Connecting Goals and Intentions > Systems

If my goal is to publish a blog post every week, that doesn’t really get me excited. But if I remember that I like processing my thoughts and feelings out loud where they might be helpful to other people, and that in the long run it will help me build community and connect me with people who could use my services, I feel much more motivated.

To take it a step further, if I know what experience I’m looking for, it’s much easier for me to brainstorm other activities that fill that need. When I’m not attached to a particular method of getting that experience, it’s easier for me to see other options.

When you can rise above and see the general approach or intent of a system, the rules become more flexible.

When you’ve been cooking for a while, it’s easy to look at a recipe and see which ingredients can be substituted, adjusted, or left out entirely. It’s like they say in Pirates of the Caribbean: “The code is more what you'd call ‘guidelines’ than actual rules.”

Structure still has a place. You still need ingredients to cook something! A lot of the tools my clients and I use help us get from point A to point B without reinventing the wheel. To-do lists, calendars, and coaching tools are still an integral part of my process.

The difference is that when I’m not a slave to the system, I can make changes and experiment to find out what works best for me.

My life, Post-(Strict) Systems

These days, I have very little regular routine. I wake up early with my husband and walk him to work. That’s about as far as the “I do this every day” structure goes.

The rest of the day I nap, write, meet with clients, read, educate myself in my field, go for walks, run errands, clean, cook, pay bills, meditate, do something creative...but I don’t plan when I’m going to do things (except for classes and client meetings) and not everything gets done every day.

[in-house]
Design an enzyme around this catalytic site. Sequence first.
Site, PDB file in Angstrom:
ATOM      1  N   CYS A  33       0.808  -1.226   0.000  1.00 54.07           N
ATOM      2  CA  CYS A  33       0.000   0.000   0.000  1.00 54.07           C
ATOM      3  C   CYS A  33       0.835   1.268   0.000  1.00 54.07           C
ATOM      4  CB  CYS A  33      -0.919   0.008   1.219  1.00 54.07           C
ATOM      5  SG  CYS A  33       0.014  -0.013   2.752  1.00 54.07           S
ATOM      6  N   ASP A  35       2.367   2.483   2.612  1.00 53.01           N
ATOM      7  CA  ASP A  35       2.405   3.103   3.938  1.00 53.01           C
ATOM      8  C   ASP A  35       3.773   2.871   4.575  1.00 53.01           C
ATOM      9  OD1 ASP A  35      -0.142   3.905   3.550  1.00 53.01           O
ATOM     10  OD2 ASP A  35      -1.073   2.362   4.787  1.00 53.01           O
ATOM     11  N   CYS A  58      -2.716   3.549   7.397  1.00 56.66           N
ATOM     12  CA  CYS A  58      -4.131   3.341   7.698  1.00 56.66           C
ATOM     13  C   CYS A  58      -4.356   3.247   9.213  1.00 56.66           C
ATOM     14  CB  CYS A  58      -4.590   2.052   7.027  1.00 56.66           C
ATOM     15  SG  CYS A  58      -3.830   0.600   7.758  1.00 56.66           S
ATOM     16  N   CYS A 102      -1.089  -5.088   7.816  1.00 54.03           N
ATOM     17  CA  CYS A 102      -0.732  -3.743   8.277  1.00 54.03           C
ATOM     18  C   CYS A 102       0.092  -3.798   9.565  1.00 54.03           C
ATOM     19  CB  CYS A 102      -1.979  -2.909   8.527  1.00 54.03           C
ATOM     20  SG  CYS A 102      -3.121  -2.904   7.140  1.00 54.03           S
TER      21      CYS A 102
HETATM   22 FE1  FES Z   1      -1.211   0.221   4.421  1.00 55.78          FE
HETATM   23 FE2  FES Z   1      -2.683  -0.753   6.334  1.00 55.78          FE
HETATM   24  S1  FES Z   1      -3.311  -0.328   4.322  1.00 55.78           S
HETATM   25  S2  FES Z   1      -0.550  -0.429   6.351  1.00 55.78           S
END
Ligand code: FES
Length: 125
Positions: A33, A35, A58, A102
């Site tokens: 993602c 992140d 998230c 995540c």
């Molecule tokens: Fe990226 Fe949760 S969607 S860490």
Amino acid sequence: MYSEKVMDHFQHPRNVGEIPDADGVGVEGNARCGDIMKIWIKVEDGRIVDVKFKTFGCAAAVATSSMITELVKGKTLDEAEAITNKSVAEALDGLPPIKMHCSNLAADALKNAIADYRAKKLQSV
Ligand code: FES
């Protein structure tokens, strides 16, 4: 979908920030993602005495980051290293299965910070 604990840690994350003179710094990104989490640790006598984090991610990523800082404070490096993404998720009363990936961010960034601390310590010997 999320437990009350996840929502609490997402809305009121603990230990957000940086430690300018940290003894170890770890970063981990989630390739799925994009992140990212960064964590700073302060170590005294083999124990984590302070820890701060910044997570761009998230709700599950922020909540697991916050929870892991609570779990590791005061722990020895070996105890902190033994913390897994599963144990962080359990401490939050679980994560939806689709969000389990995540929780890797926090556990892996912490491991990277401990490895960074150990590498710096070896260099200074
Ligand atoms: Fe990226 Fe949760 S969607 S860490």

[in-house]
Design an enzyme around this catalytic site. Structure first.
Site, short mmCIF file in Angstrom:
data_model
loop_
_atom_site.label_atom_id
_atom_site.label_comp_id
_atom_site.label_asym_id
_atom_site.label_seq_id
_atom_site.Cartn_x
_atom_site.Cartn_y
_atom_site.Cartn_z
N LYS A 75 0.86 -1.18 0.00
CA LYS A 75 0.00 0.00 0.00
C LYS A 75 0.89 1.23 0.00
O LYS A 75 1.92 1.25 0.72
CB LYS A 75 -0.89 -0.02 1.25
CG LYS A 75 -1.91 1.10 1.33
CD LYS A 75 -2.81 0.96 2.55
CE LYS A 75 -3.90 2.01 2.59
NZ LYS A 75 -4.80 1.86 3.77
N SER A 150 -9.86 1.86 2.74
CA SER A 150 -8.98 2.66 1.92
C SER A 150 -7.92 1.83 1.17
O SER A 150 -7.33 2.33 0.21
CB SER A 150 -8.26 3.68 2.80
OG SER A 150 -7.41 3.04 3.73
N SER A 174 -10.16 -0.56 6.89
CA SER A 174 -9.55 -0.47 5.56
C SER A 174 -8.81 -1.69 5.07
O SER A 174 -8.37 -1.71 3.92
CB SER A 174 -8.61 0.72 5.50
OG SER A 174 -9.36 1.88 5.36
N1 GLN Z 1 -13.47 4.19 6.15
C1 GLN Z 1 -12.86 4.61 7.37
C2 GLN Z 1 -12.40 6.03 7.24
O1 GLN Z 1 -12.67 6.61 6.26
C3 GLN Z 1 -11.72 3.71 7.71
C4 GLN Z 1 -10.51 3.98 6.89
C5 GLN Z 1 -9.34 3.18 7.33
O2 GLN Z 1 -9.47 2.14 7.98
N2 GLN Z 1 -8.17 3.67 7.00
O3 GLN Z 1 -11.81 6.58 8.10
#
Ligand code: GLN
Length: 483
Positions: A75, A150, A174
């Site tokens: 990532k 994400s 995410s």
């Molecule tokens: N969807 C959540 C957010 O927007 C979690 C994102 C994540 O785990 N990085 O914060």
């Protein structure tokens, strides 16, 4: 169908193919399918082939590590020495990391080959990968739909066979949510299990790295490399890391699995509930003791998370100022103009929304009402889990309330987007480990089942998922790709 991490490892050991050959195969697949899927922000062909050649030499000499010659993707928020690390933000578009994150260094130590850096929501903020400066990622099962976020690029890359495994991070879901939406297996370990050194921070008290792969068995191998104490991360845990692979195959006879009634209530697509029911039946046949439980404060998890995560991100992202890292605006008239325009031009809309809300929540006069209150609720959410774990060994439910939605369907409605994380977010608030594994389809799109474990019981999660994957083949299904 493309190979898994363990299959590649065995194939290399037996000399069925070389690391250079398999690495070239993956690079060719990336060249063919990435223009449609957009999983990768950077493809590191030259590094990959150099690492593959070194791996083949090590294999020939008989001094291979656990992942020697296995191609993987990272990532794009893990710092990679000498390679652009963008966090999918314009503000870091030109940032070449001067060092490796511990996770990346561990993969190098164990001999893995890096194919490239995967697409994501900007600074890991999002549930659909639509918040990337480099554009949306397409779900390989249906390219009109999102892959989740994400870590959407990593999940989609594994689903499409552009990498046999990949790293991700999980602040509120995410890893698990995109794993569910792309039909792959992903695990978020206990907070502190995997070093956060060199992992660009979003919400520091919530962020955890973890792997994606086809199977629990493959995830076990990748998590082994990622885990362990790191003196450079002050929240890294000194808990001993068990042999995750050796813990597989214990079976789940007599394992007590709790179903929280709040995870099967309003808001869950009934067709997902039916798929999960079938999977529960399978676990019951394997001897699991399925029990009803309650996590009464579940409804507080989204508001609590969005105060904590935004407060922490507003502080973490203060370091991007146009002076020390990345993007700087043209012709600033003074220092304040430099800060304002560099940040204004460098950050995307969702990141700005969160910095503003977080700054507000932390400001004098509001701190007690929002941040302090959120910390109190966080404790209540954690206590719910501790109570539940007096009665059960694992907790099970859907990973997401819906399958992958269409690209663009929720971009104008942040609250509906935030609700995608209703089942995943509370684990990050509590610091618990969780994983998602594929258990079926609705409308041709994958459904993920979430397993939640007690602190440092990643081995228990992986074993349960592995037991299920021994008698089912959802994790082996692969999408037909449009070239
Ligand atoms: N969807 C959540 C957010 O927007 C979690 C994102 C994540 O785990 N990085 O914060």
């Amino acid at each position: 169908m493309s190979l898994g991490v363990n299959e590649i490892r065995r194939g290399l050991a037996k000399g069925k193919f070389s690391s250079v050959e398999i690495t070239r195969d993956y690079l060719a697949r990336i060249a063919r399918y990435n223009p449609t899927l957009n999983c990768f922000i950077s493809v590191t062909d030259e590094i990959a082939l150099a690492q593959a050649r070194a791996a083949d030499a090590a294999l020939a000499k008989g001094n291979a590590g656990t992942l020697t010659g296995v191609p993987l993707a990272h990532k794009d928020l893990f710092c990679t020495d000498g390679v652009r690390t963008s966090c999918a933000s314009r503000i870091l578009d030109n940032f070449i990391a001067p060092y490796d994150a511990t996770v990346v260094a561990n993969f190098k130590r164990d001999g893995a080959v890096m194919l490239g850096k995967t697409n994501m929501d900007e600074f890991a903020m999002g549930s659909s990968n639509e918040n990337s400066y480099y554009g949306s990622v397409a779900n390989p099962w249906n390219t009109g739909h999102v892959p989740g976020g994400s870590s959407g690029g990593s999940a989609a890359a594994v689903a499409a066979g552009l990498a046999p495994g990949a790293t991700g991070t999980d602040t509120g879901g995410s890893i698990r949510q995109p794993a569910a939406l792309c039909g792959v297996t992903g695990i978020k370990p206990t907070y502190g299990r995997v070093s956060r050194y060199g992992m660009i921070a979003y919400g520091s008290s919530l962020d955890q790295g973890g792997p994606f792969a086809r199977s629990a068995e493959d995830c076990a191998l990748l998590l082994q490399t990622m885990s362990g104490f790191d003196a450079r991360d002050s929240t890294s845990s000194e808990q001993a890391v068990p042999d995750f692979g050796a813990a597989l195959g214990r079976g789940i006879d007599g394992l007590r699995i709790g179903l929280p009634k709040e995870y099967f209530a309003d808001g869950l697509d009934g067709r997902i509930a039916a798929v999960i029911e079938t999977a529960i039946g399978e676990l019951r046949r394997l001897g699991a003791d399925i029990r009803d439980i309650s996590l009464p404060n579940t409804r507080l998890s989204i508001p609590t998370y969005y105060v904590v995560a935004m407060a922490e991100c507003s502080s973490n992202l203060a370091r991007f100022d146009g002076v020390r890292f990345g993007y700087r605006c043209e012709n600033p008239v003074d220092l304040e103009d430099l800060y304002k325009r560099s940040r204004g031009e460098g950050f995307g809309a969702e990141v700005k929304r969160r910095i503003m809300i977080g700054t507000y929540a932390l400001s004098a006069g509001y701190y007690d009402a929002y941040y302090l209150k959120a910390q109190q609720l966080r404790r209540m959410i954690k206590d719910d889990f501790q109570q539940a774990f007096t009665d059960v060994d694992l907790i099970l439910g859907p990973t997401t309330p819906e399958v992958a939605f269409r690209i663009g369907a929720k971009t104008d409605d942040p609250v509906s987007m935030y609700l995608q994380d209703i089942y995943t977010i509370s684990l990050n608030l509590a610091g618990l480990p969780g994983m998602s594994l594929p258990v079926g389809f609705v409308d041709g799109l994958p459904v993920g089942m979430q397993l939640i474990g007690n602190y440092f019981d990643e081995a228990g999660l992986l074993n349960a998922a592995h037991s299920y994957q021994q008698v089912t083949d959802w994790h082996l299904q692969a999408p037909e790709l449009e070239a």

I'm learning how to think of my life as a bigger whole, where the main idea is that if I take care of myself, everything else falls into place.

It wasn’t easy getting to this point - it was terrifying to let go of the idea that I needed a plan to be productive.

I was so scared that without my inner dictator to keep my slothful, lazy self in line, I would end up a fat drunk broke loser (yes, that’s how I talked to myself). It was so hard to trust in my innate wisdom and goodness.

And yet, here I am, loving myself and enjoying my days, and my world hasn’t fallen apart yet. And you know how I got here? By questioning my formerly unquestioned beliefs about success, productivity, and happiness - by coaching myself (and getting coached), in other words.

Now it’s your turn.

Where are you not trusting yourself these days? What areas of your life could use a little more lightness and spontaneity?

What systems do you follow religiously (or wish you could), and are they giving you the experience you’re looking for? Where could you play and experiment with your approach? What is your inner rebel saying?

Love to you and your process! Let me know how it goes.

Photo credit: freeimages.com/ela23


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Should you quit your job?

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This post is for you if you're daydreaming about quitting your job and your biggest reasons for staying are one or more of the following:

  • I can't leave - they need me.
  • Plenty of people don't like their jobs and handle it just fine.
  • It's not so bad - I should be able to suck it up and deal.
  • I'm lucky to even have a job - others have it much worse.
  • I don't want to be a quitter.

These thoughts and others like them kept me stuck for a long time. If they (or their cousins) are running around in your head, I want to give you some useful alternatives.

To do that, I need to start off by telling you about a fun little thing called the Drama Triangle.

The Drama Triangle: Disempowerment for Everyone! Oh Boy!

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The Drama Triangle is a relationship framework that involves three roles: the Victim, the Rescuer, and the Bully. I teach this concept more in-depth in my career transition program, but all you really need to know is this:

  • You can be on the Triangle with other people, situations, and even yourself.
  • You can and will shift roles during an interaction (you may start off as a rescuer and end up feeling like a victim, for example).
  • The Victim feels helpless. The Rescuer feels responsible (and resentful). The Bully is just mad (and mean about it).
  • Each role tries to feel safe by manipulating the other players with fear and guilt.

What does the Drama Triangle have to do with your less-than-lovely job? If you're anything like I was, you're probably playing all three roles throughout the day.

Take a look at those thoughts up above. I can't leave. They need me. It's not so bad. Suck it up and deal. Can you see how they all step from guilt and how they fit into this dynamic?